Rank 24, WorldCupStory Club Index 17,604

Hamburg World Cup XI Dream Team

GKRudolf KargusGermany10000
RBManfred KaltzGermany213120001
CBWilli SchulzGermany1657000
CBPetar HoubchevBulgaria1766000
LBGuy DemelIvory Coast2218000
MFMehdi MahdavikiaIran1327000
MFRaphael WickySwitzerland1438000
MFYordan LetchkovBulgaria1761520
MFFelix MagathGermany21087700
STUwe SeelerGermany4211980912
STHorst HrubeschGermany1532310

Aha, I think we have found, at last, an eclectic German team in this Hamburg dream team! So, there are 6 Germans, but the others are chosen from Bulgaria (2), Ivory Coast, Iran and Switzerland.

The first difficulty presents itself in goal, as we have had to go with a 1978 non-playing squad member, Rudolf Kargus. But he deserves his place for having such a splendid name. Manny Kaltz and Will Schulz (the 1966 version) provide dependability, and at centre back we find the no nonsense defending of Bulgaria’s Petar Houbchev, from the 1994 tournament. The back four is completed by Ivory Coast’s Guy Demel, now plying his trade at West Ham.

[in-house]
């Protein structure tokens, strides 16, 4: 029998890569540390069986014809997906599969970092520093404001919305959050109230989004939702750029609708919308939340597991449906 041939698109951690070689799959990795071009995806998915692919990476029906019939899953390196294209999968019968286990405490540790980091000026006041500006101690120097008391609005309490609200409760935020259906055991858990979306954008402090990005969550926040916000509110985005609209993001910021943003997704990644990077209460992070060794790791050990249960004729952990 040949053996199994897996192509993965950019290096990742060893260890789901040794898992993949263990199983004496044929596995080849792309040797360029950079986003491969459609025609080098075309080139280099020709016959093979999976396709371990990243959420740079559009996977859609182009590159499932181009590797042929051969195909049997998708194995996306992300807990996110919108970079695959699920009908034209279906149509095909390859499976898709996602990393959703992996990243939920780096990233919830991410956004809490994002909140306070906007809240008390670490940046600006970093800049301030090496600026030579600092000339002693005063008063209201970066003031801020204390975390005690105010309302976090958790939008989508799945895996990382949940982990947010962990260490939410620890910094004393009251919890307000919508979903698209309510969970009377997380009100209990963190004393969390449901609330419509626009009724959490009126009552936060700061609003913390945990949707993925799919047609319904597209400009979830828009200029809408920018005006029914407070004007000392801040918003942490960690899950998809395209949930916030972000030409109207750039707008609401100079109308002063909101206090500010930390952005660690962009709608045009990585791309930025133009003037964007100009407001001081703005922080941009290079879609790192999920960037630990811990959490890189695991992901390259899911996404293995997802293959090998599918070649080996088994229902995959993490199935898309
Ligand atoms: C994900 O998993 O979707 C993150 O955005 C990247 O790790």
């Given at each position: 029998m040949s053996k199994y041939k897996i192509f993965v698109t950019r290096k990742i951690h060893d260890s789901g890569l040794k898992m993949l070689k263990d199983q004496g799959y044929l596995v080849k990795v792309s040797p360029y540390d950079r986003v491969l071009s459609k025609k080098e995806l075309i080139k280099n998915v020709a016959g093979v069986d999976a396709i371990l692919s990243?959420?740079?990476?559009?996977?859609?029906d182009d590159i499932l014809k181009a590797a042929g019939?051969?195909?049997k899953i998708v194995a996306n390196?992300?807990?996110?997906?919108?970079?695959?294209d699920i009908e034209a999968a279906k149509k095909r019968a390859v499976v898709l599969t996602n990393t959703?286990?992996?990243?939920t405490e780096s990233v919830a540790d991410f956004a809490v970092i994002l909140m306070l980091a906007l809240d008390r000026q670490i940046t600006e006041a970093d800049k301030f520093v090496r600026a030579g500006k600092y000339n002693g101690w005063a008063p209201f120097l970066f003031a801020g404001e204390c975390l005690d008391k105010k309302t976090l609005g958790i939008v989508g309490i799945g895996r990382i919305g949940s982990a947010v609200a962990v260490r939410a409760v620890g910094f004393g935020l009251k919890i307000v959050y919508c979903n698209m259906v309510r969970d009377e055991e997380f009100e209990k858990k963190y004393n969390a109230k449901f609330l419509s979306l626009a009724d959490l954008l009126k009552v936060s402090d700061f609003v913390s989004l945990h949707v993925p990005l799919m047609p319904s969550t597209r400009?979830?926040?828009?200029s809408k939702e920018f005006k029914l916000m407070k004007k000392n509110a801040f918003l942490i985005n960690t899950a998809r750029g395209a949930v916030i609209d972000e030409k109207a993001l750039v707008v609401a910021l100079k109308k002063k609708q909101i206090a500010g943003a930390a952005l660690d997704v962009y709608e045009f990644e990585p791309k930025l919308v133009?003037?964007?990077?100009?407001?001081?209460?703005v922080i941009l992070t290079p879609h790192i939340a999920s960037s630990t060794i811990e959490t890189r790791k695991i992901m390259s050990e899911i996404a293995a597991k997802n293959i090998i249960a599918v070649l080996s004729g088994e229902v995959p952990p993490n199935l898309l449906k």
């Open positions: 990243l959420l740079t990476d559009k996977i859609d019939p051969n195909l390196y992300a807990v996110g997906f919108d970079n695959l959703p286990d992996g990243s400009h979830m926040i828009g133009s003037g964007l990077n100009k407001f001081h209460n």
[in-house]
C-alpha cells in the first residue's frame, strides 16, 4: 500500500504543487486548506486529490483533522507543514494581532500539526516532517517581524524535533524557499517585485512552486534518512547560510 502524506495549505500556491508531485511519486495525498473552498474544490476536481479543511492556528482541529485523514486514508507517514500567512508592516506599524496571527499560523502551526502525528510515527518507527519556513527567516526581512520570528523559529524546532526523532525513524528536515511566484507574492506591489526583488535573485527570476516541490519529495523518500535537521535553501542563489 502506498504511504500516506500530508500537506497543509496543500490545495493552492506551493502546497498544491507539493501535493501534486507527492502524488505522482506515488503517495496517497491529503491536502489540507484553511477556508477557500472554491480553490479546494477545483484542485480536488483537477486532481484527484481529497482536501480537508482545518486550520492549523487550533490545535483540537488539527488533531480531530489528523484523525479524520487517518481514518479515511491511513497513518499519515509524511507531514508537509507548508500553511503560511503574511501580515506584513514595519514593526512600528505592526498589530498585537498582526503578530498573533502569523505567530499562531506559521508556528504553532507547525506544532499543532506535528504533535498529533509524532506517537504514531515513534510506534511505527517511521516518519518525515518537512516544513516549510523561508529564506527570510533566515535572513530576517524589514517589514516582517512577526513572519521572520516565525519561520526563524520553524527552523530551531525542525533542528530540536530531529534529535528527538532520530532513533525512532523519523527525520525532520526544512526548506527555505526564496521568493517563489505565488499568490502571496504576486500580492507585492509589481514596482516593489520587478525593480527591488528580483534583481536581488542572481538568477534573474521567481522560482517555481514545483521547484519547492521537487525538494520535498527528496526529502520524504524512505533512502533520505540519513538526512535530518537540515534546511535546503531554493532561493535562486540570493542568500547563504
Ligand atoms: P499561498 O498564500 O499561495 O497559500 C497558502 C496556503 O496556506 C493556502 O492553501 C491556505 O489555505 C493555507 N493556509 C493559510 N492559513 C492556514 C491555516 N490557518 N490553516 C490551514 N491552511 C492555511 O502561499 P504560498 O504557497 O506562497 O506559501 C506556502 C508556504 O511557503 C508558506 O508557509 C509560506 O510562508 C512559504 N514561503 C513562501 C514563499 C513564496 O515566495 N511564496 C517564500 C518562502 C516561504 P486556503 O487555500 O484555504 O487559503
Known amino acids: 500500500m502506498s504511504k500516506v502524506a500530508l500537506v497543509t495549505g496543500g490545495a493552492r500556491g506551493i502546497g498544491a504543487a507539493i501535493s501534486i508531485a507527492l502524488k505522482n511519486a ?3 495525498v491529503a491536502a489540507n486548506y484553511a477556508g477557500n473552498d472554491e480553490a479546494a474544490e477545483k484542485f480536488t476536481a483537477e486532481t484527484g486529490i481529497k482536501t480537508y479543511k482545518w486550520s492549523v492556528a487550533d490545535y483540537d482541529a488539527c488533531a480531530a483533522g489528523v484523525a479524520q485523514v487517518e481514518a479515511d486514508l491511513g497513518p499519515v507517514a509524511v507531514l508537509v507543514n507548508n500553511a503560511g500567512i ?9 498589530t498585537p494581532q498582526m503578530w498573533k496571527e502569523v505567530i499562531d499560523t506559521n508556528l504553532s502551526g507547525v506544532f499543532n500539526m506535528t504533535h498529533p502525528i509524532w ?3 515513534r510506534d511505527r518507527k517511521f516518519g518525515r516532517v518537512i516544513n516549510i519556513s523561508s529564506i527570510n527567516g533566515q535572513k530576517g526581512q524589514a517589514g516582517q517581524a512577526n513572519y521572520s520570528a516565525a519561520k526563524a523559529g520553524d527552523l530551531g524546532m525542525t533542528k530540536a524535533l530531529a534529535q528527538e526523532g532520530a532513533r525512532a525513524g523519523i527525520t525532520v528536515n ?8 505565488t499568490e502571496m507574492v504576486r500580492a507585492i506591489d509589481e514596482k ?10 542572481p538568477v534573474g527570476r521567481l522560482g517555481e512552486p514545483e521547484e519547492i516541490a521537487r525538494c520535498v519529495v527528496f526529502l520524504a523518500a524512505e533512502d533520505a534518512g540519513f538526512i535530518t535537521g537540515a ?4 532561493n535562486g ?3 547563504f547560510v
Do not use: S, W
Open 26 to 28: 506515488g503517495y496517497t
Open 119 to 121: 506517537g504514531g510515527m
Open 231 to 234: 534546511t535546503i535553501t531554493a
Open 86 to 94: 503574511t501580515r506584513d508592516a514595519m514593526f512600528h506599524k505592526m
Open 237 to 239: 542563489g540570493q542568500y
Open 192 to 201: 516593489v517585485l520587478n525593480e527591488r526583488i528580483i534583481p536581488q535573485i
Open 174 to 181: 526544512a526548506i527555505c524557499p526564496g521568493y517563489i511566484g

Bombing up and down the right flank is our Iranian, Mehdi Mahdavikia, with the central midfield policed by 2006 Swiss, Raphael Wicky and 1994 Bulgarian Yordan Letchkov, whose inclusion is especially delicious as his goal eliminated Germany in the quarter final, 2-1. Felix Magath completes the midfield and despite his lack of World Cup goals, he is known for getting forward to support the strikers.

At the sharp end we have chalk and cheese; the giant target man, Horst Hrubesch from 1982, and the diminutive Uwe Seeler. What more can be said about Seeler? Third on the list of World Cup minutes played, 12 matches as West Germany’s captain, 21 games played between 1958 and 1970, with a decent return of 9 goals, he has few peers indeed.

Aside from the goalkeeping uncertainty, the ability of the diverse midfield to gel into a cohesive unit will be key to Hamburg’s success. A secret weapon, however, is likely to the combination of Kaltz and Hrubesch. Kaltz was noted for overlapping from right back and delivery of tricky outswinging crosses. Hrubesch was often on the end of these. After one such incidence, Hrubesch summed up what happened in an after match interview, saying succinctly: “Manny banana, me head, goal!’. I think we may conclude he was not much of a linguist.


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